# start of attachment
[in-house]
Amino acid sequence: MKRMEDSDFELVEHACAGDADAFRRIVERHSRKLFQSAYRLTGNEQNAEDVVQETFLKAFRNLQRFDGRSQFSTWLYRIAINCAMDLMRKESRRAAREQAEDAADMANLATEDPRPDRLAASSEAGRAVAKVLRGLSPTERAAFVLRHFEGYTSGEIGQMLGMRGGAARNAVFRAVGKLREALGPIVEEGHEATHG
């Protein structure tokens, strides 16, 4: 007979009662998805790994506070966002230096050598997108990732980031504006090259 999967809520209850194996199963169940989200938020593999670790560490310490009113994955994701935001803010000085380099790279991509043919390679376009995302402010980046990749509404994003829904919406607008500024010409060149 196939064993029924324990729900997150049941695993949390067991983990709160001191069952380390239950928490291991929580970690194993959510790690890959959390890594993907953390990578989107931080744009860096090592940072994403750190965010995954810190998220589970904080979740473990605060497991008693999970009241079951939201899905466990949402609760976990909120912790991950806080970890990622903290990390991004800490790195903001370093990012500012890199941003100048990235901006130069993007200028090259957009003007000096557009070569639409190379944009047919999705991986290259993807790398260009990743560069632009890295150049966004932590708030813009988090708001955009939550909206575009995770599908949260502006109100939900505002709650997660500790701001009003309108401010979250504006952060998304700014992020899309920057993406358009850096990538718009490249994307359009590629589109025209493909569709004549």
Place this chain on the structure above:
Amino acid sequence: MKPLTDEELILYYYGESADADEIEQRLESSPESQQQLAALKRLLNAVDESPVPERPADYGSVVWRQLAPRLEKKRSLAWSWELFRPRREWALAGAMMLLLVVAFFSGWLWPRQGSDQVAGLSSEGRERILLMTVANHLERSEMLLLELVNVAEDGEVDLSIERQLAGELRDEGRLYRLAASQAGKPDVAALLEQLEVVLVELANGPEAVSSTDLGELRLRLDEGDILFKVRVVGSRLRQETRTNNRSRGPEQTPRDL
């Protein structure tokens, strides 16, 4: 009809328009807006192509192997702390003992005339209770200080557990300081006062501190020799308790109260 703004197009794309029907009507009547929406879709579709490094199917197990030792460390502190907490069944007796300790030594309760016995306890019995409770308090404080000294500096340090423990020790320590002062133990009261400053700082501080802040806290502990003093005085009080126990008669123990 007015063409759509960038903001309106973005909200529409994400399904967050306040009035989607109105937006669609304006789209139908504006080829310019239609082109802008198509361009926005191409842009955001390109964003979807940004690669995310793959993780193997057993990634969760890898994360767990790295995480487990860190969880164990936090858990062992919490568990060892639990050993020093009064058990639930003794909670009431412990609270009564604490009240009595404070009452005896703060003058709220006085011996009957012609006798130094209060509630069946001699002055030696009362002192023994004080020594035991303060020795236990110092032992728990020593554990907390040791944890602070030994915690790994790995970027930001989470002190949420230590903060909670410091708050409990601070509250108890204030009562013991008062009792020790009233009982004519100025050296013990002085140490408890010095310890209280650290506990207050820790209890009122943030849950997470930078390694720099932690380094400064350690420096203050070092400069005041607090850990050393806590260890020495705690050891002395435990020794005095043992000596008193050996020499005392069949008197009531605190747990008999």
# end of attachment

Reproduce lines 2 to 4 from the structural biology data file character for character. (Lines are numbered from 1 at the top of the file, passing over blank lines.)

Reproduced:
Amino acid sequence: MKRMEDSDFELVEHACAGDADAFRRIVERHSRKLFQSAYRLTGNEQNAEDVVQETFLKAFRNLQRFDGRSQFSTWLYRIAINCAMDLMRKESRRAAREQAEDAADMANLATEDPRPDRLAASSEAGRAVAKVLRGLSPTERAAFVLRHFEGYTSGEIGQMLGMRGGAARNAVFRAVGKLREALGPIVEEGHEATHG
């Protein structure tokens, strides 16, 4: 007979009662998805790994506070966002230096050598997108990732980031504006090259 999967809520209850194996199963169940989200938020593999670790560490310490009113994955994701935001803010000085380099790279991509043919390679376009995302402010980046990749509404994003829904919406607008500024010409060149 196939064993029924324990729900997150049941695993949390067991983990709160001191069952380390239950928490291991929580970690194993959510790690890959959390890594993907953390990578989107931080744009860096090592940072994403750190965010995954810190998220589970904080979740473990605060497991008693999970009241079951939201899905466990949402609760976990909120912790991950806080970890990622903290990390991004800490790195903001370093990012500012890199941003100048990235901006130069993007200028090259957009003007000096557009070569639409190379944009047919999705991986290259993807790398260009990743560069632009890295150049966004932590708030813009988090708001955009939550909206575009995770599908949260502006109100939900505002709650997660500790701001009003309108401010979250504006952060998304700014992020899309920057993406358009850096990538718009490249994307359009590629589109025209493909569709004549």
Place this chain on the structure above: